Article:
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  2. We are a small Wyoming Internet service provider who declined to participate in the Wyoming mapping project performed by CostQuest. We made this decision because the study was commissioned by the Wyoming Telecommunications Council, a state government body. Wyoming has a very strong open records law, which very likely could have been used to obtain the exact data which we submitted, NDAs and assurances of confidentiality notwithstanding. And that data could have been used by large, unscrupulous competitors — such as the incumbent cable and telephone monopolies — to take anticompetitive actions against us.

    We must always remember one of the essential elements of any census — broadband or otherwise — is confidentiality. People, for good reason, will not reveal sensitive information about themselves or their businesses unless confidentiality is assured — preferably by law. One of the good things about Connected Nation is that they have an ironclad NDA and would be hired by the Federal (not state) government, which would allow the information to be kept in confidence.

    Do not believe the FUD spread by Public Knowledge, an inside-the-Beltway lobbying group funded heavily by Google (which has motives of its own: it wants the Internet to become a heavily regulated duopoly so that ISPs are straitjacketed and can never compete with it). Unless we want a broadband mapping effort to kill competition by enabling anticompetitive tactics, Connected Nation or a group like them is the right way to go.

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  3. So Brett — you would prefer “statistics” compiled by a group funded by those same “large, unscrupulous competitors” as opposed to a simple map that just shows whether or not broadband is available or not? Which is more unscrupulous and evil?

    Seems to me like some providers fear maps because it would give consumers real data about where coverage is and where coverage isn’t, instead of having to rely on advertising that claims “more bars anywhere” with no numbers to back those claims up. And really, how much information could your competitors gain from a map that they couldn’t figure out from driving around and spotting cell towers?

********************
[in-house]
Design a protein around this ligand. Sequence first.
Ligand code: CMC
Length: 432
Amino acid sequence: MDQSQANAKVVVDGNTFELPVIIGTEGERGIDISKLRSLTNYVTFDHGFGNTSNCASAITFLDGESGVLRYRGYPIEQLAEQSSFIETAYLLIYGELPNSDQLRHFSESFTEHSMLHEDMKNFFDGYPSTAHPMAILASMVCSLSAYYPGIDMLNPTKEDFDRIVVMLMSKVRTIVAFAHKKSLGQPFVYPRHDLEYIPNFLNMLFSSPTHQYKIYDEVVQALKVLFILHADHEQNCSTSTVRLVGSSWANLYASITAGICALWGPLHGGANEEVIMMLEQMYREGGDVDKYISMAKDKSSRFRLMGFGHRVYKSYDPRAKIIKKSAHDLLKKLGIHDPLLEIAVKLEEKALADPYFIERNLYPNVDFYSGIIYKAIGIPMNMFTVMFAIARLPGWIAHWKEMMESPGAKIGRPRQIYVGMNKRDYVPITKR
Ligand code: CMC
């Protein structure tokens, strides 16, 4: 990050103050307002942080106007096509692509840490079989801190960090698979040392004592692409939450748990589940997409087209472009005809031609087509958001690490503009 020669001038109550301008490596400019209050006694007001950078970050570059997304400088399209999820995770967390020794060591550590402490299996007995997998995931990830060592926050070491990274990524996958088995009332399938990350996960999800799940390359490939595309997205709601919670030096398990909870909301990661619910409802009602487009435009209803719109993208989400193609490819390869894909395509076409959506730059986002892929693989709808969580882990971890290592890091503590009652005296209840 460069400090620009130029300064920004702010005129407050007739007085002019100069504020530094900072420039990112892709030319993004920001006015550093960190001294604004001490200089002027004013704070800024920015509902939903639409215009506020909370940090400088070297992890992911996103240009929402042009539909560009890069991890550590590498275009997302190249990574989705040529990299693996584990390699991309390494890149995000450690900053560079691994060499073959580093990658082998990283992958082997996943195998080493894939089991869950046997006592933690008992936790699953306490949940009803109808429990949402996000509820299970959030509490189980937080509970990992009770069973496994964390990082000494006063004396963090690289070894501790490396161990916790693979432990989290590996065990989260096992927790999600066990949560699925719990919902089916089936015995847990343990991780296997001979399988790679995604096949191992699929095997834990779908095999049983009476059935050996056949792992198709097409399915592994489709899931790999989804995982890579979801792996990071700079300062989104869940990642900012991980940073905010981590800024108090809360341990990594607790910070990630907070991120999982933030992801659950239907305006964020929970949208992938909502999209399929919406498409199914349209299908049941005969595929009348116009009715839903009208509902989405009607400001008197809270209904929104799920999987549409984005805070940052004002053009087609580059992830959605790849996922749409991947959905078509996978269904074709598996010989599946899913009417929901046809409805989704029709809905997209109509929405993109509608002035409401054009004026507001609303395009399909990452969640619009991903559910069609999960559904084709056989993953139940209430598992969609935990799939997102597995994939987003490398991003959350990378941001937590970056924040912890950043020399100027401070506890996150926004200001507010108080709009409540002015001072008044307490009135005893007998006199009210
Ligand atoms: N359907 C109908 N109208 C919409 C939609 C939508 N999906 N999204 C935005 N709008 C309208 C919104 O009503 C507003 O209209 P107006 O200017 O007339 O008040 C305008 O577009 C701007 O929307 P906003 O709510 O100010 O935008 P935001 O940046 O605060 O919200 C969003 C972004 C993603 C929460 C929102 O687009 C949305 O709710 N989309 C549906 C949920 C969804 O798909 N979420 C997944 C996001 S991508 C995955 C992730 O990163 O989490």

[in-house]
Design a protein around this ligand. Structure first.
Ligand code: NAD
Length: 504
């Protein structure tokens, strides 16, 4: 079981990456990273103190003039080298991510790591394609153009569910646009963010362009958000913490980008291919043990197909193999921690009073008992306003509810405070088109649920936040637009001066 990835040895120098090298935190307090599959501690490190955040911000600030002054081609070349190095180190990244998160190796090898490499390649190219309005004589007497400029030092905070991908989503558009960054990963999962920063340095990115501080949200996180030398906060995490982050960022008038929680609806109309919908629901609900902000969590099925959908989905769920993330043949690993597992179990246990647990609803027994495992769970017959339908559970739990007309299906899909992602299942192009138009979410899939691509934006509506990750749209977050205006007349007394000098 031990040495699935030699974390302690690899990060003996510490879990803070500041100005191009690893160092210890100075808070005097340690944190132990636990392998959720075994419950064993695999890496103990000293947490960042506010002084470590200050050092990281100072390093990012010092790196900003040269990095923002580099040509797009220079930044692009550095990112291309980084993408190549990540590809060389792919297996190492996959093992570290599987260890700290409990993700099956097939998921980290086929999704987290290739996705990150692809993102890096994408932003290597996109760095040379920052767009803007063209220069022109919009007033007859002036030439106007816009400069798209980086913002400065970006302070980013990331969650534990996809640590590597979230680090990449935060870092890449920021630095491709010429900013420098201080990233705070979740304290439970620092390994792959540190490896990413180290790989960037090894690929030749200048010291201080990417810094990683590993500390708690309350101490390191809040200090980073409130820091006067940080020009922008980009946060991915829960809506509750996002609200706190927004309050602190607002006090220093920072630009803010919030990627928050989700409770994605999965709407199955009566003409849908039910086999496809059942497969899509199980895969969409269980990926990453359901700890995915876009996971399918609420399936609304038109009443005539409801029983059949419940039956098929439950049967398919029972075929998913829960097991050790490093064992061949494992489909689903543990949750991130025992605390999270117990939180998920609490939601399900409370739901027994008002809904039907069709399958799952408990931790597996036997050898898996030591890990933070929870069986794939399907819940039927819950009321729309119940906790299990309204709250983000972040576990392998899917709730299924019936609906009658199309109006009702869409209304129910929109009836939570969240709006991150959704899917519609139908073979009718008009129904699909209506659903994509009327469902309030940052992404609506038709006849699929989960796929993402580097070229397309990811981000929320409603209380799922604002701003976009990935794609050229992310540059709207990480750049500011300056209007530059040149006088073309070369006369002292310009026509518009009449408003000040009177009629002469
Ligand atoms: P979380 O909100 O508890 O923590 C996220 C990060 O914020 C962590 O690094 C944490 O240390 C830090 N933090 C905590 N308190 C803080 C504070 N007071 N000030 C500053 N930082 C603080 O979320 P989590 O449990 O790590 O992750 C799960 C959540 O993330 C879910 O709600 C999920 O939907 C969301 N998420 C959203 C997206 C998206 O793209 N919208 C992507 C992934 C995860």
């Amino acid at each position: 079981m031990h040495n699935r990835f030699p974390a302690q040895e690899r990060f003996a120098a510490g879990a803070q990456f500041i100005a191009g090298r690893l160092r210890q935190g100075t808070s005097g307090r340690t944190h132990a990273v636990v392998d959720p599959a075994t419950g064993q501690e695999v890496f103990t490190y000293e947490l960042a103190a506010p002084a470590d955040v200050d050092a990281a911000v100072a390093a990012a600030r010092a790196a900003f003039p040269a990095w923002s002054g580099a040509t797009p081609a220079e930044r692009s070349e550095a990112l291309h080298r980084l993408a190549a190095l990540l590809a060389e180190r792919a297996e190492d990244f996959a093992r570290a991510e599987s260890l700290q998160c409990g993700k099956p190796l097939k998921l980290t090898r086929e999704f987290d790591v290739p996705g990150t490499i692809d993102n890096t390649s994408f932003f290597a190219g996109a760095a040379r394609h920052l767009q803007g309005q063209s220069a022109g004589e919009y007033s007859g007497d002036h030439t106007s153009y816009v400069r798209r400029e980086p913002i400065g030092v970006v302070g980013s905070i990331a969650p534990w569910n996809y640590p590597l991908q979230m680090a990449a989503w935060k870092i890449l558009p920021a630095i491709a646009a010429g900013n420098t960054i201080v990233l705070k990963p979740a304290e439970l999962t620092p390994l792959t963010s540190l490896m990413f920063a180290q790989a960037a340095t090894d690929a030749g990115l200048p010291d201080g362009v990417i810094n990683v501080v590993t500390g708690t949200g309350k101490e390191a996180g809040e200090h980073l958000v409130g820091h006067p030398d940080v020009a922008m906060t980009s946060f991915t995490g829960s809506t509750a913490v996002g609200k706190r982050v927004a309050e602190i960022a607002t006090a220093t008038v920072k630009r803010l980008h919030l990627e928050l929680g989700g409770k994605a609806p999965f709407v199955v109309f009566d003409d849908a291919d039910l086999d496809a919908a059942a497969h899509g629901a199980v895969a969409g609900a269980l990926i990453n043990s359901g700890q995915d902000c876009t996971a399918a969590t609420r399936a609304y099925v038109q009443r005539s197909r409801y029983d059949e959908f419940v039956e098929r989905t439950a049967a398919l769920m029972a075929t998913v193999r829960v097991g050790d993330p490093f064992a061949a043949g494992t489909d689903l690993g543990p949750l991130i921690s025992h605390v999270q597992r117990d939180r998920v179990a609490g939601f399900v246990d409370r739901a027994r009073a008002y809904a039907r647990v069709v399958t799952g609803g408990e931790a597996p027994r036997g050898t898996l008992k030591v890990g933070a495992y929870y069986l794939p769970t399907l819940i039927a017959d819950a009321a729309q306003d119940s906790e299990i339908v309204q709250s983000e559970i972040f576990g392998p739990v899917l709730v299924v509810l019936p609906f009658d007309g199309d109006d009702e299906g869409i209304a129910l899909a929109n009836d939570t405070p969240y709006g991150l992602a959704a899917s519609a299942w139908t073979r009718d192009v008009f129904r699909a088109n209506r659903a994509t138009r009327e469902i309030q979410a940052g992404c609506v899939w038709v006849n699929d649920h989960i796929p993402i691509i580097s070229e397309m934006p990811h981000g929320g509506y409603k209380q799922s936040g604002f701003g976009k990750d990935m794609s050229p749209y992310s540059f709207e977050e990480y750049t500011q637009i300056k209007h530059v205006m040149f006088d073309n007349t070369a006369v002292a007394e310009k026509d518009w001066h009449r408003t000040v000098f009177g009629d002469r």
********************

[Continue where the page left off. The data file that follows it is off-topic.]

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    1. Paul, I don’t think you understand. One of the great things about Connected Nation is that it plays all of the big guys off against one another. None of them want their confidential data revealed to the others, and the confidentiality upon which they insist extends to smaller providers like us.

      You also seem to think that we’re a cellular provider. We’re not. We’re a WISP. That’s very different. The locations of our access points are not obvious. And playing our cards close to our vest is essential to competing with the big guys, who, with modern GIS technology, could literally target us for anticompetitive tactics on a block-by-block basis.

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      1. Whether ConnectedNation, LinkAmerica or BroadMap or other, there are alliances that will bend the best of them toward their interests or the interests of their consortium. Whether it is Google or AT&T or Verizon or whatever…this country is rife with people trying to influence to maximize their outcome.

        Brett, I think that you are happy with a small company – and the others are not. You want to protect your local knowledge, and the others want to grab it. Bottom line is that if you provide a better service at a competitive price, why would anyone be successful in targeting you. If you are not, then you will cease to exist. Pretty simple.

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  4. [...] I Say Broadband Maps, You Say Boondoggle [...]

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  5. [...] Reinvestment and Recovery Act the mapping project was finally funded. We’ve covered the challenges inherent in creating a broadband map, and some of our issues with the plans to create the map that was unveiled today, but even if this [...]